In Australia, the RBA remains ultra-dovish and focussed on getting inflation sustainably up. As widely expected, the RBA left interest rates on hold at its February meeting, but it surprised by announcing an extension to its bond buying program and indicated that it does not expect to raise rates before 2024 at the earliest. A QE extension was expected but most economists saw the announcement coming closer to the expiry of the current program in April and most also saw the first rate hike as being in 2023. The RBA’s latest dovish moves came despite revisions to its economic forecasts in its February Statement on Monetary Policy to show slightly stronger growth and inflation in the near term and a faster decline in unemployment and reflects concern that if it doesn’t match bond buying by other central banks there would be an “unwelcome” rise in the $A and that despite the improved economic outlook the RBA will still be short of its inflation and jobs goals for the next two years. Of course this does not mean that there won’t be any fine tuning to monetary policy – the provision of cheap 3 year funding to banks looks unlikely to be extended beyond June unless there is a renewed deterioration in funding markets; the three year bond yield target of 0.1% may need to be adjusted if the RBA gets more confident that it will want to raise rates in three years; and if the economy does continue to surprise on the upside there is a good chance that the first rate hike may come in 2023 or late 2022. But the clear message from the RBA is that it won’t rush into a rate hike or broader monetary tightening until it sees actual inflation sustainably back in the target range. So a spike in headline inflation to say 3.5% due to the return of child care fees and higher petrol prices as last June quarter’s -1.9% deflation drops out won’t cut it! All of which points to continuing low rates and the risk that bond buying may even be extended again beyond September.
But what will the RBA do if house prices continue to hot up? Right now, the RBA is celebrating the support to household balance sheets and a recovery in spending via wealth effects from higher house prices and is not too concerned about financial stability because there are few signs of a deterioration in lending standards. Most of the rise in housing finance is being driven by owner occupiers and first home buyers focussed on new housing as opposed to investors and speculation. In the first instance though, we are likely to see a wind back in government home buyer incentives this year, followed by a renewed tightening in lending standards if judged necessary rather than higher interest rates if low rates are still needed for the broader economy. This may become an issue later this year or in 2022.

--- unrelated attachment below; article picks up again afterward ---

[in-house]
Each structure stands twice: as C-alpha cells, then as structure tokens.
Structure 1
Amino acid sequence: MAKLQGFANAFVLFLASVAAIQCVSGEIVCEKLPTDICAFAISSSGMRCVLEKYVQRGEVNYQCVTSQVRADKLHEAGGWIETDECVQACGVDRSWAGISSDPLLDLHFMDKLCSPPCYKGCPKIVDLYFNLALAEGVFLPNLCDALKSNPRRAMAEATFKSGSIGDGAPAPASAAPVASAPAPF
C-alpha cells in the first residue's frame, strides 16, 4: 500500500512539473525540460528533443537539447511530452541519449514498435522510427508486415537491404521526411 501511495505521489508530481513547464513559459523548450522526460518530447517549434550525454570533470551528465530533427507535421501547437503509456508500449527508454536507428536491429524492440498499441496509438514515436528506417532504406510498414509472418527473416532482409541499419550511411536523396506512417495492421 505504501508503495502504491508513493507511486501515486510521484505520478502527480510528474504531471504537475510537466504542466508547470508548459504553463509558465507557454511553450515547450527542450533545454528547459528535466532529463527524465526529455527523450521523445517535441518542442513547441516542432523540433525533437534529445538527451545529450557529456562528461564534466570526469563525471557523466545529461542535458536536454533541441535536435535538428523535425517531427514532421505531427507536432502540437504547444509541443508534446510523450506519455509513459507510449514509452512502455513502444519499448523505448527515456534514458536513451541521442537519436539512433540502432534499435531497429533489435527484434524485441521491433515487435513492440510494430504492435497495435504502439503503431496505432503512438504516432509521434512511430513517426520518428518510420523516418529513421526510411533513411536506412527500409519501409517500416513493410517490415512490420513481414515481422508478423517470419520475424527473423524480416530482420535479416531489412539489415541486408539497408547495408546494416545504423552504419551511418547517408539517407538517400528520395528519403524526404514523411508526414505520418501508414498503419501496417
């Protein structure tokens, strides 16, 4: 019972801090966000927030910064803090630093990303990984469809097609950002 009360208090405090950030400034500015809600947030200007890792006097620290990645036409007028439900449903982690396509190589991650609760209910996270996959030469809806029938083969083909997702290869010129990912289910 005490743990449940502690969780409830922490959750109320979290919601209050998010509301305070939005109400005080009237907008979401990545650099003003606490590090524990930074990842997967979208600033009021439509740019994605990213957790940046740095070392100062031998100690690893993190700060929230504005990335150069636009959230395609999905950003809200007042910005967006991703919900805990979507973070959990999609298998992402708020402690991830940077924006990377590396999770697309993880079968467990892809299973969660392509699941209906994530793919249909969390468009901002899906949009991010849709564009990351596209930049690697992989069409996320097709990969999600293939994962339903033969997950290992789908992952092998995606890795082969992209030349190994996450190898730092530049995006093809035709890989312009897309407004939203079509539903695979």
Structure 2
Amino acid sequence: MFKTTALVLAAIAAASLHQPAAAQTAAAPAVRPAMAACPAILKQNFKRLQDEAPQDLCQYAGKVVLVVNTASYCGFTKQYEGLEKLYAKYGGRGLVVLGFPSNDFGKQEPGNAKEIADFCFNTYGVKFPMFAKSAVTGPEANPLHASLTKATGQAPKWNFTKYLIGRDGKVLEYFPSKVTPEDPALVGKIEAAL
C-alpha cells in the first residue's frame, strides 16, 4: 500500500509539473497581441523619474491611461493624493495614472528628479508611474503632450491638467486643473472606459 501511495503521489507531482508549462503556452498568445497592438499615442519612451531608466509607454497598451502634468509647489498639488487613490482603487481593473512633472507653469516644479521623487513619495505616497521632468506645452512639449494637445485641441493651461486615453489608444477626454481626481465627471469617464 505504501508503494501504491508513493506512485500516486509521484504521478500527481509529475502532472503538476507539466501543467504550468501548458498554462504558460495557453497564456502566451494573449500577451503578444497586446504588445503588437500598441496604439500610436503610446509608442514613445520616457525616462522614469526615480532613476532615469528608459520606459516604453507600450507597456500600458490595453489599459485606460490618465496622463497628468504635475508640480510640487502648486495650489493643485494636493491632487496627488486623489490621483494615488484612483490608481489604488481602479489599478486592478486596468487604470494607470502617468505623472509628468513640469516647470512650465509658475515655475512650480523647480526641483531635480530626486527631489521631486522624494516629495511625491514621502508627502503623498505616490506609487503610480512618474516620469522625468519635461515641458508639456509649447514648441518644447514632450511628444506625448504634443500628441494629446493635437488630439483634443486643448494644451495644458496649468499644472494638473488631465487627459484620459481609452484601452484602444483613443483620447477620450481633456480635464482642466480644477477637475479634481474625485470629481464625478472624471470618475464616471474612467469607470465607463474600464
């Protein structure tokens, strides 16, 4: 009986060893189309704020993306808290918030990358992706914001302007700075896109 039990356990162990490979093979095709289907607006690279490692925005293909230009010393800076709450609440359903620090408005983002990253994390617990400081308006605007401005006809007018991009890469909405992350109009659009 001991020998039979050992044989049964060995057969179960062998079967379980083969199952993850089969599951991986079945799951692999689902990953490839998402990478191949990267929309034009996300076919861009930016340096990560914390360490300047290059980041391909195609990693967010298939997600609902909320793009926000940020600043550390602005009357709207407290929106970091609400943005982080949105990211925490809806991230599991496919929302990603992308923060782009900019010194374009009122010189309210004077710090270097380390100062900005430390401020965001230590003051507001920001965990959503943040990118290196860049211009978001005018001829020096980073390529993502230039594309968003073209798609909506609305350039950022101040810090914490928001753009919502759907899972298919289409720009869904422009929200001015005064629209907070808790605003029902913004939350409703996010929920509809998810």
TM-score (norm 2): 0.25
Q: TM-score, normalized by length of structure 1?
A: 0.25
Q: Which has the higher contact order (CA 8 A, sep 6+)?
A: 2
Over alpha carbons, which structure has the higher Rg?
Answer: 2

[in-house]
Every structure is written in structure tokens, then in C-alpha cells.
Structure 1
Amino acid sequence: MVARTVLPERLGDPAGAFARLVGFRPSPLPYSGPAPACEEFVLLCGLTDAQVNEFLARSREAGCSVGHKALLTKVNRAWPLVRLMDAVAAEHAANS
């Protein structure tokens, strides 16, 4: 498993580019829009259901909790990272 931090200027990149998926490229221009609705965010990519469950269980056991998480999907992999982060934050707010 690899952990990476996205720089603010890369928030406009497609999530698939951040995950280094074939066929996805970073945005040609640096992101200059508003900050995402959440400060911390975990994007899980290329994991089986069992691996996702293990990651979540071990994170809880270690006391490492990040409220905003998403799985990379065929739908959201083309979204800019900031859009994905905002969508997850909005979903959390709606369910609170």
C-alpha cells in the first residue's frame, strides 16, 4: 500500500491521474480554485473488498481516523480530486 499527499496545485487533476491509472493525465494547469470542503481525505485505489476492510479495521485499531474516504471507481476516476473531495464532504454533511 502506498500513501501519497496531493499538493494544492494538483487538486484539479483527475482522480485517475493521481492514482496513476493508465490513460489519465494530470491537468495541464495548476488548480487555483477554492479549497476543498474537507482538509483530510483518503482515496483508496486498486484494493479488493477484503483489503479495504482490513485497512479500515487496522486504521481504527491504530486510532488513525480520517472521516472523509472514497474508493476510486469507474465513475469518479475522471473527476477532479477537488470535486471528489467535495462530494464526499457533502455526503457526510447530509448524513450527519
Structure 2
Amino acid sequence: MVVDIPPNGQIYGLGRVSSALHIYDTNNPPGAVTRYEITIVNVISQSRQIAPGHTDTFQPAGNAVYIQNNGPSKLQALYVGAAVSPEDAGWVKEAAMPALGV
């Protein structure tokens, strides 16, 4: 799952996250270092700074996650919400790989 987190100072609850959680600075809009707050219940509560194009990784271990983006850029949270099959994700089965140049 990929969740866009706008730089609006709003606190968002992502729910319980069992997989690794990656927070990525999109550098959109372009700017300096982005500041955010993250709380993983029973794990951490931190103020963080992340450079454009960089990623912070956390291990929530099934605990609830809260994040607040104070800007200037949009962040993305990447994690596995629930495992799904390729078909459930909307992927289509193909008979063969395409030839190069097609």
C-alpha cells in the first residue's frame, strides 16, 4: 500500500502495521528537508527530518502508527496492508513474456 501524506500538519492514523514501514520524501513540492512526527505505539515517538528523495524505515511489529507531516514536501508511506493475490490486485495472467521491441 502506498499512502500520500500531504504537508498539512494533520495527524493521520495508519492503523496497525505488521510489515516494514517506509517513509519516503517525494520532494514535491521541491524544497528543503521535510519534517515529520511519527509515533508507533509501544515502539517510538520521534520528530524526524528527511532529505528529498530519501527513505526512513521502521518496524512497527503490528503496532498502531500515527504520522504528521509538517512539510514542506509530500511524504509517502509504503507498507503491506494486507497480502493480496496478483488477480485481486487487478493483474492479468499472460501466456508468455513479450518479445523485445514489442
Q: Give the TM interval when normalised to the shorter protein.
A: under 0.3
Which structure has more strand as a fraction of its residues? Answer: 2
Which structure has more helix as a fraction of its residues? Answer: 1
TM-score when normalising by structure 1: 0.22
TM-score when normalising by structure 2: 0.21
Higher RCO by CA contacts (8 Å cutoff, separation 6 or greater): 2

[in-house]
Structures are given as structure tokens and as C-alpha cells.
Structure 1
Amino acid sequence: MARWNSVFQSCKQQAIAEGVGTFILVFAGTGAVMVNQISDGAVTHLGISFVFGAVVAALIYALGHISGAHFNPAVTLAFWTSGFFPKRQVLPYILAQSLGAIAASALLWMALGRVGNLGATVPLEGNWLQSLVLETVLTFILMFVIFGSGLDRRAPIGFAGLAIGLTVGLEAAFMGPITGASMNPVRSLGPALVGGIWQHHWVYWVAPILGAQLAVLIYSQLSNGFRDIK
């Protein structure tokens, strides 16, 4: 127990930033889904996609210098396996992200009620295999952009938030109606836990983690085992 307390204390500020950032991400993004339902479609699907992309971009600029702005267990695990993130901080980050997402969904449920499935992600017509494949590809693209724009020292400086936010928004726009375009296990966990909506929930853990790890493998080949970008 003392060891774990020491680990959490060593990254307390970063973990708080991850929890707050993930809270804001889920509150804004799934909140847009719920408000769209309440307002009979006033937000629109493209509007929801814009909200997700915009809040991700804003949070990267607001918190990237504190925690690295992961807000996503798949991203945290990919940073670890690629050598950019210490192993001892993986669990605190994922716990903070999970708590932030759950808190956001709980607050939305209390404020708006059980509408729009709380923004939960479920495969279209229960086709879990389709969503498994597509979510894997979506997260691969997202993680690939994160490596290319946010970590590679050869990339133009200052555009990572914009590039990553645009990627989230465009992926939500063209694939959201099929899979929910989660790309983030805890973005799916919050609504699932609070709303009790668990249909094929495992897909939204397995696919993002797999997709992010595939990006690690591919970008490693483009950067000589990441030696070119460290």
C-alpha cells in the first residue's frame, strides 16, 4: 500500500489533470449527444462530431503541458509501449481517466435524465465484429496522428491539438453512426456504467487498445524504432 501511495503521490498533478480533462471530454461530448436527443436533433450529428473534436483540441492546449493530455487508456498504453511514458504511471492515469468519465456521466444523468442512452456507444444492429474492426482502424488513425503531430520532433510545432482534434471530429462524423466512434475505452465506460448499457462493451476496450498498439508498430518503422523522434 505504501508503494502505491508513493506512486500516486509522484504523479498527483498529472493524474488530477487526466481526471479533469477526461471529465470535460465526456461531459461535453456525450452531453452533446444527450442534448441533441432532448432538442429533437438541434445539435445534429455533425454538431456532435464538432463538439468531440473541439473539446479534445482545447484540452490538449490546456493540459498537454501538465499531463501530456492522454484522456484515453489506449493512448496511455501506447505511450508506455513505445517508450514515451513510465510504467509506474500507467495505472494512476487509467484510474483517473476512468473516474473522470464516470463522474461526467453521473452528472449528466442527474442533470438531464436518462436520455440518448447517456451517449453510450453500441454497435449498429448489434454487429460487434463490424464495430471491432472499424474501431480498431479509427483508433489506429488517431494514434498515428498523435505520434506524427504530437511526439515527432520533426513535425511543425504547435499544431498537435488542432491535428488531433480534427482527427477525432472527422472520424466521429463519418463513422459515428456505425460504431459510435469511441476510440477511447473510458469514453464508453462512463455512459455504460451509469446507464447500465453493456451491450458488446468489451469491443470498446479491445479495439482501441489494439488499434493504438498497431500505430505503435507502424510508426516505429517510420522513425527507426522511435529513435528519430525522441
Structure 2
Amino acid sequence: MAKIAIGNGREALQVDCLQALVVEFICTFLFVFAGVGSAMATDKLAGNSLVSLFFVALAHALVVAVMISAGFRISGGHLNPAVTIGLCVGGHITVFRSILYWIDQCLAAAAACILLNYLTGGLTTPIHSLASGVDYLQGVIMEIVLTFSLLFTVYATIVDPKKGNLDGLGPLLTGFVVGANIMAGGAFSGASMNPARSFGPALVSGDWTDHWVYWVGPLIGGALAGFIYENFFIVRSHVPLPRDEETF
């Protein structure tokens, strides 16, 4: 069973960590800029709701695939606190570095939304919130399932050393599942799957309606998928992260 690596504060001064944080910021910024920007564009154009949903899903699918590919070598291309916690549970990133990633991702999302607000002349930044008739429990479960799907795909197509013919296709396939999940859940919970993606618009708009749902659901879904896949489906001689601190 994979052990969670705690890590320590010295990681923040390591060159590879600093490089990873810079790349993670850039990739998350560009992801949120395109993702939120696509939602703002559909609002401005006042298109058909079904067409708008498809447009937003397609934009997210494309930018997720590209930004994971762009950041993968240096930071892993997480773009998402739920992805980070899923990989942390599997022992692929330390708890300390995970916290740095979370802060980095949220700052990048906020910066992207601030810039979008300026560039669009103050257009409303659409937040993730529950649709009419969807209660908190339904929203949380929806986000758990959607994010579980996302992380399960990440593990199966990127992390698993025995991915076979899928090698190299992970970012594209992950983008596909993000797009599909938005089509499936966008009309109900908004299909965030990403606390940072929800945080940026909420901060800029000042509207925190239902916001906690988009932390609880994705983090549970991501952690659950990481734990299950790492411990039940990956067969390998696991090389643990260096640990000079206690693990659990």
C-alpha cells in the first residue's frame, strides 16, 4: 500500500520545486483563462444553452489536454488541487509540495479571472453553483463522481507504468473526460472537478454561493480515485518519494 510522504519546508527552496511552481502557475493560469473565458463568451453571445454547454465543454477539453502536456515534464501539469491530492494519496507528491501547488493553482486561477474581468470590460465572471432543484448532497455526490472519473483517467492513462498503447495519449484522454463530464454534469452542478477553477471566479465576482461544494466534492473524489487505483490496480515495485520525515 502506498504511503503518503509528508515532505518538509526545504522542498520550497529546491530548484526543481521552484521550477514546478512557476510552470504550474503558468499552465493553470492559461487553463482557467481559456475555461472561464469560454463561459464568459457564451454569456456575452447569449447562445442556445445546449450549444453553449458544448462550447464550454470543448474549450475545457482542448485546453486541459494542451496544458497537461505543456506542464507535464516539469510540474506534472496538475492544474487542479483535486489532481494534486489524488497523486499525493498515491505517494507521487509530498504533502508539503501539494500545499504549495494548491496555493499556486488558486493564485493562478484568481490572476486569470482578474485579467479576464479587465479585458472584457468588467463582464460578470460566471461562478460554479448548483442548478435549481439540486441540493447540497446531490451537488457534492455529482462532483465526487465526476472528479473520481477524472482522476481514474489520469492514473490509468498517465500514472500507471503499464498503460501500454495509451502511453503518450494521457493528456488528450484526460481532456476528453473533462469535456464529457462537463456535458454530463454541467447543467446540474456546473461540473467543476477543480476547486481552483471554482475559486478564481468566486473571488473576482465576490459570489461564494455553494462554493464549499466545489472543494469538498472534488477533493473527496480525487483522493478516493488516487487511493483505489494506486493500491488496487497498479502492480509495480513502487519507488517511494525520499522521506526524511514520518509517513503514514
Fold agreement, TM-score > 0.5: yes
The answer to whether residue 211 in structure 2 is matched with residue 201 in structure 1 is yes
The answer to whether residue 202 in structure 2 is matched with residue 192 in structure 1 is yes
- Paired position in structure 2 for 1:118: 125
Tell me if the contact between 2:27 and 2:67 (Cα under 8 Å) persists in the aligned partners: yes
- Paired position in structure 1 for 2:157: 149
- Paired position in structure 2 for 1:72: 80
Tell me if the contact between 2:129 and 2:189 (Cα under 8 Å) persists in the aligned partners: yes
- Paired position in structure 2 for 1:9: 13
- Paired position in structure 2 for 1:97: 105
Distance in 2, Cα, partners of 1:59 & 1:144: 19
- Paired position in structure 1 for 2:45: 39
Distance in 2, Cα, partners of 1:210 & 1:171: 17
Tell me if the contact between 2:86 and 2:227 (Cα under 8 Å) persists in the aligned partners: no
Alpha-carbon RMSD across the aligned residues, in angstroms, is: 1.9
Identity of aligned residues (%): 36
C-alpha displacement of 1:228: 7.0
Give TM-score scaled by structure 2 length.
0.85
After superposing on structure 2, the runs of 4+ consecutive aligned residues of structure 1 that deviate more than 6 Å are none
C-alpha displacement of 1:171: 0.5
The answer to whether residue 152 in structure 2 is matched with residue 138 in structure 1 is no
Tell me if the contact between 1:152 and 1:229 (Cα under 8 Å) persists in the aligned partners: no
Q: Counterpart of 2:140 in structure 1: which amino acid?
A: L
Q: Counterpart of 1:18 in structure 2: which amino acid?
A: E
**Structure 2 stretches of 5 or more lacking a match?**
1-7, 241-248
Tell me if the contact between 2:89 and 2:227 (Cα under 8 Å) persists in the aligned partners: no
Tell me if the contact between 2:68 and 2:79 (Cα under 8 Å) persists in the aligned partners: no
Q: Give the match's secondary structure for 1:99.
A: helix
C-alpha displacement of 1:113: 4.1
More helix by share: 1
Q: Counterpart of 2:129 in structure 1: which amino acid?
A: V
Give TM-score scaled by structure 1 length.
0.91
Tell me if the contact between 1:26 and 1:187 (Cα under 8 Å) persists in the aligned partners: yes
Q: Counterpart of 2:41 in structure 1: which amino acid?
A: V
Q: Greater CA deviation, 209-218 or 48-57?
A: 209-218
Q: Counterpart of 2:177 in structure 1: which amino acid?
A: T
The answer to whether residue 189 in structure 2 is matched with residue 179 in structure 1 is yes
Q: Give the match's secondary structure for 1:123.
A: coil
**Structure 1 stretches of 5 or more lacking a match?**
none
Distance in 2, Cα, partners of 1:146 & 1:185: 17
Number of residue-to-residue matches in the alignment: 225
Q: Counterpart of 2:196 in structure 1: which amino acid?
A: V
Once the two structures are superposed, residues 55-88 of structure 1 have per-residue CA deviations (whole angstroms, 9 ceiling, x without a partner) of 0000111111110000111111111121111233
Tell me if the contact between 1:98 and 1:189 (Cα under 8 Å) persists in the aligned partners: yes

Mario to the rescue in Italy! Italian assets were given a bit of a boost as their President asked former ECB President Mario Draghi to try and form a new government following the demise of the previous government. There is a good chance that he could and if so, it would head of an early election and hopefully see sensible use of Italy’s share of EU Recovery Fund. Of course, the last technical government in Italy of Mario Monti cautions against getting too upbeat about Draghi. Monti helped stabilise things in the Eurozone debt crisis but failed to get much fundamental reform done and only lasted 18 months. That said Draghi has greater authority than Monti did and for now it will be a good thing. There was a time in the 1970s when middle of the road singers recorded each other’s songs. So, The Carpenters classic For All We Know – which seemed to get a run at every second wedding I went to and brings tears to my eyes every time I hear it – was recorded by Andy Williams. I used to think Andy was uncool but he had a great velvet voice and did really cool stuff in the late 1960s/early 1970s. In fact his version of For All We Know was probably just an album filler at the time but it sure is a great reinterpretation with a reworked intro to the point where he makes the song his own…and it brings tears to my eyes too!. Here they all are on Andy’s TV show. (I am not so sure about Richard Carpenter’s hairstyle though!)